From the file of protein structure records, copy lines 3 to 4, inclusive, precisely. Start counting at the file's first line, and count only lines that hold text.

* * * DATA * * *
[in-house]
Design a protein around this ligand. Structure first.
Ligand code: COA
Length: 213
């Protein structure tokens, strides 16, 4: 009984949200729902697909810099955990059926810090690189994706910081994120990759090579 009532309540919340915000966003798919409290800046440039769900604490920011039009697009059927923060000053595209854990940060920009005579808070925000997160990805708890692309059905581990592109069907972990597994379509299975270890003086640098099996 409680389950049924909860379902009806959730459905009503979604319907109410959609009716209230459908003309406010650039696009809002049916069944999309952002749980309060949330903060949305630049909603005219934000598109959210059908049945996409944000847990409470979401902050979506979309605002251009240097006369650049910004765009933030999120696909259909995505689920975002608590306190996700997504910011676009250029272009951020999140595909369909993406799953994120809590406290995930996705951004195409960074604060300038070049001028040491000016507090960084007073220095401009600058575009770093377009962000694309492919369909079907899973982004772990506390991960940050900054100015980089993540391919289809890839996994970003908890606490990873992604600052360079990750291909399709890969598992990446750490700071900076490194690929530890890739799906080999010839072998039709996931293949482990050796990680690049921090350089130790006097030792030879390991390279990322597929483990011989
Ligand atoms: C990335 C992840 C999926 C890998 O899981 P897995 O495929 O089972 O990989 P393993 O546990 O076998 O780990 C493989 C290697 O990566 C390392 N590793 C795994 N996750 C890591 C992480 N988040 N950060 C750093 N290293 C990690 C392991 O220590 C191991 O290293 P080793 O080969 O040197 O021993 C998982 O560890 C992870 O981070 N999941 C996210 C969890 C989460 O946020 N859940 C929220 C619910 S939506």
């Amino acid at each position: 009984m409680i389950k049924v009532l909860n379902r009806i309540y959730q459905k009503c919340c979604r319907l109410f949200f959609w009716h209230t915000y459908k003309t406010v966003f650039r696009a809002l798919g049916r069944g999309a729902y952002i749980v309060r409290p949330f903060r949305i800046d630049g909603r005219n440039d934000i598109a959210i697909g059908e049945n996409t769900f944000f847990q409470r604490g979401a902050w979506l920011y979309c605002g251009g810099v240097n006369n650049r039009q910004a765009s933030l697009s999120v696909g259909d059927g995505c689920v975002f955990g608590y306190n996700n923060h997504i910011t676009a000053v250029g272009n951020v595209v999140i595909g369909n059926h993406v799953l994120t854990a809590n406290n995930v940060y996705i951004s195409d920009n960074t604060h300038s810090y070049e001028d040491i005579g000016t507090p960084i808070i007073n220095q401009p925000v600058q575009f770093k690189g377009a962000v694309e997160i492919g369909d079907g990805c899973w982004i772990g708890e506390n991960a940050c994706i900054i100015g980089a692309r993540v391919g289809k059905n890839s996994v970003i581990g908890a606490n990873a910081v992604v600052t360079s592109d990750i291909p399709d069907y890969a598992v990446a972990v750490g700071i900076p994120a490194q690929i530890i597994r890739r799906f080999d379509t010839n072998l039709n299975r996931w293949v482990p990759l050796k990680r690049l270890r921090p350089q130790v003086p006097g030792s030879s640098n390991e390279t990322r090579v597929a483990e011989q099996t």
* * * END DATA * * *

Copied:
Ligand code: COA
Length: 213